imperfect information

principal-agent problem

How about the Ramsey model?

Social planer’s problem

household welfare

Constrained by technology and available resources

For simplicity consider a model without labor or technology growth

∞

X

max U0 = β t u(ct ) (24)

ct ,kt+1 ,yt

t=0

subject to

yt = f (kt )

and

ct + kt+1 = yt + (1 − δ)kt

Lagrangean and FOC

∞

X ∞

X

t

L= β u(ct ) − λt [ct + kt+1 − f (kt ) − (1 − δ)kt ] (25)

t=0 t=0

FOC:

ct : β t uc,t = λt

t→∞

Optimal allocation

uc,t

= f 0 (kt+1 ) + 1 − δ

βuc,t+1

t→∞

yt = f (kt )

ct + kt+1 = yt − (1 − δ)kt

Comparison to decentralized (competitive) equilibrium

after ignoring labor and population growth become:

uc,t

= β (RK ,t+1 + 1 − δ)

uc,t+1

kt+1 = (1 − δ) kt + (wt + RK ,t kt − ct )

t

!

Y 1

lim kt+1 =0

t→∞ 1 + rs

s=1

Competitive equilibrium cont’d

Use zero profit condition:

kt+1 = (1 − δ) kt + yt − ct

Note that

uc,t+1

= β(1 + rt+1 )

uc,t

so that

t

Y 1 βuc,1 βuc,2 βuc,t β t uc,t

= ··· =

1 + rs uc,0 uc,1 uc,t−1 uc,0

s=1

Hence TVC condition is equivalent to

t→∞

Welfare theorems

economy reflects two fundamental welfare theorems.

2 Second welfare theorem: any efficient allocation can be supported as

a competitive equilibrium (possibly with lump-sum transfers).

(Adam Smith would like it).

Second gives the equivalence beween an efficient and competitive

allocation and thus, the possibility to solve the (simpler) planners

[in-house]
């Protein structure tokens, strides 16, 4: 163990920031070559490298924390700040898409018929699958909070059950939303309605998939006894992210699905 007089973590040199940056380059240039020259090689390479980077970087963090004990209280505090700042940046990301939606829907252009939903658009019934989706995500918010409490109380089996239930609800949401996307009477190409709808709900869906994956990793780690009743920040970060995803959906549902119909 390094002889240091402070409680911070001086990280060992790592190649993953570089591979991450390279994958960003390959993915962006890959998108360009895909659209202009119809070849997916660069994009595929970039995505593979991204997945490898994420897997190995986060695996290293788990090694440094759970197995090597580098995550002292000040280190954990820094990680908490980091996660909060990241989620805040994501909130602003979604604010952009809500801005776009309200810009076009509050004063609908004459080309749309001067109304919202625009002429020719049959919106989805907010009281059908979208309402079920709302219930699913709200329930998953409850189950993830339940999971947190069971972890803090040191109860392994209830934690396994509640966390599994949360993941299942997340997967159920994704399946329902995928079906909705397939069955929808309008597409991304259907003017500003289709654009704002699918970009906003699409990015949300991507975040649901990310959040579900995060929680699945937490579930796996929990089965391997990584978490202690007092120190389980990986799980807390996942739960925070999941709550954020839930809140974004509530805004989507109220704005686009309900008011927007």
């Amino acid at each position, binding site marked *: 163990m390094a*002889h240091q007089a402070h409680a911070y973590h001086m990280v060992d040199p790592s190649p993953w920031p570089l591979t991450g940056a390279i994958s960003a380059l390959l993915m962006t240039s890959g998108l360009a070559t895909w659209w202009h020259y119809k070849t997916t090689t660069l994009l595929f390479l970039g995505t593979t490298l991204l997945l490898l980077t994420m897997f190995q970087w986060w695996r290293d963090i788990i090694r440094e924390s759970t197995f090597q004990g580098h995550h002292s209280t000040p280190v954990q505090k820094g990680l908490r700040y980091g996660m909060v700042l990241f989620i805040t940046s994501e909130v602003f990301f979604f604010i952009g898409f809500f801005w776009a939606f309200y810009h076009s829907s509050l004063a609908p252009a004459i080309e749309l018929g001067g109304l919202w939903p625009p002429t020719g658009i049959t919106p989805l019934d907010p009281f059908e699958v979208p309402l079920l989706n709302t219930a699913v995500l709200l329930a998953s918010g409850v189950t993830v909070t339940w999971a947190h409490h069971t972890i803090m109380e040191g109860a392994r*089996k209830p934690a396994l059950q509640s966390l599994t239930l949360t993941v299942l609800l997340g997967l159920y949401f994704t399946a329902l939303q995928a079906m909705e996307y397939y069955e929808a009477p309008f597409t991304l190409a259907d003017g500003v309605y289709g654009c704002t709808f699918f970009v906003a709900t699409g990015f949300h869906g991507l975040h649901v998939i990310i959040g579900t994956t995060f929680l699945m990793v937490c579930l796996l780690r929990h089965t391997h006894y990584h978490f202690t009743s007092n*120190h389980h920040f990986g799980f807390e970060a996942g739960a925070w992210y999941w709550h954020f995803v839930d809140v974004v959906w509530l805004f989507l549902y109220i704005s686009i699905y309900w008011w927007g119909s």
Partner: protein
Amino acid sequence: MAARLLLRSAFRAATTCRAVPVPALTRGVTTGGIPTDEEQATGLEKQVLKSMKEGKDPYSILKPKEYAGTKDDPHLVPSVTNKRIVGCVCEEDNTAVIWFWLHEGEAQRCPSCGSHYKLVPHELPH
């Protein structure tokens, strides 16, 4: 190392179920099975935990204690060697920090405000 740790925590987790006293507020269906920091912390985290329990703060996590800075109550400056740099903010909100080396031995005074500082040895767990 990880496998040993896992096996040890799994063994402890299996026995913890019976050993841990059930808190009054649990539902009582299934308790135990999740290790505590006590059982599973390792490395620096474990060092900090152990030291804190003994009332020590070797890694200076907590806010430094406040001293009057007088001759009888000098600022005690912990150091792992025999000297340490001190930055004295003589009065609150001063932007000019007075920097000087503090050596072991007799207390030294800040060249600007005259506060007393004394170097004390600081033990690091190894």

problem.

The government

G

Y is 40-50% (once all government expenditure is accounted for)

Some problems worth analysing:

difference/ similarity between tax and debt financing of gov.

expenditure

reaction of economy to government shocks (spending, taxes)

Ricardian equivalence

Government plans sustainable - initial debt plus net present value of

expenditures equals net present value of revenues

∞ ∞

X Tt X Gt

T0 + = (1 + r0 )B0 + G0 +

Rt Rt

t=1 t=1

where

t

Y

Rt ≡ (1 + ri )

i=1

Ricardian equivalence cont’d

∞ ∞ ∞

X Ct X Wt Lt X Tt

C0 + = (1 + r0 )K0 + (1 + r0 )B0 + W0 L0 + − T0 −

Rt Rt Rt

t=1 t=1 t=1

P∞ Tt

Substitute from government budget for t=1 Rt

∞ ∞ ∞

X Ct X Wt Lt X Gt

C0 + = (1 + r0 )K0 + W0 L0 + − G0 −

Rt Rt Rt

t=1 t=1 t=1

Financing expenditures with lump-sum taxes equivalent to financing

expenditures with debt

Michal Brzoza-Brzezina/Marcin Kolasa (WSE) Ad. Macro - Ramsey model 36 / 47

Ricardian equivalence in practice

Why? Some explanations can be given within our modeling

framework.

finite horizon of households

different interest rates

credit constrained households

distortionary taxes

Good to know the theoretical benchmark where Ricardian equivalence

holds

For instance to be able to construct models where gov. deficits have

macro effects

Distortionary taxation

(26)

where:

Gt - government purchases (exogenous)

τw , τk , τc , τi , τf - proportional tax rates on wage income, capital

income, consumption, investment and firms’ taxable profits,

respectively (all exogenous)

Vt - lump-sum taxes (net of lump-sum transfers) from households,

adjusted so that the balanced budget constraint (26) holds

Modified firms’ problem

Lt ,Kt

∂F rt ∂F

Wt = +δ = = f 0 (kt )

∂Lt 1 − τf ∂Kt

Firms are competitive so earn zero profits: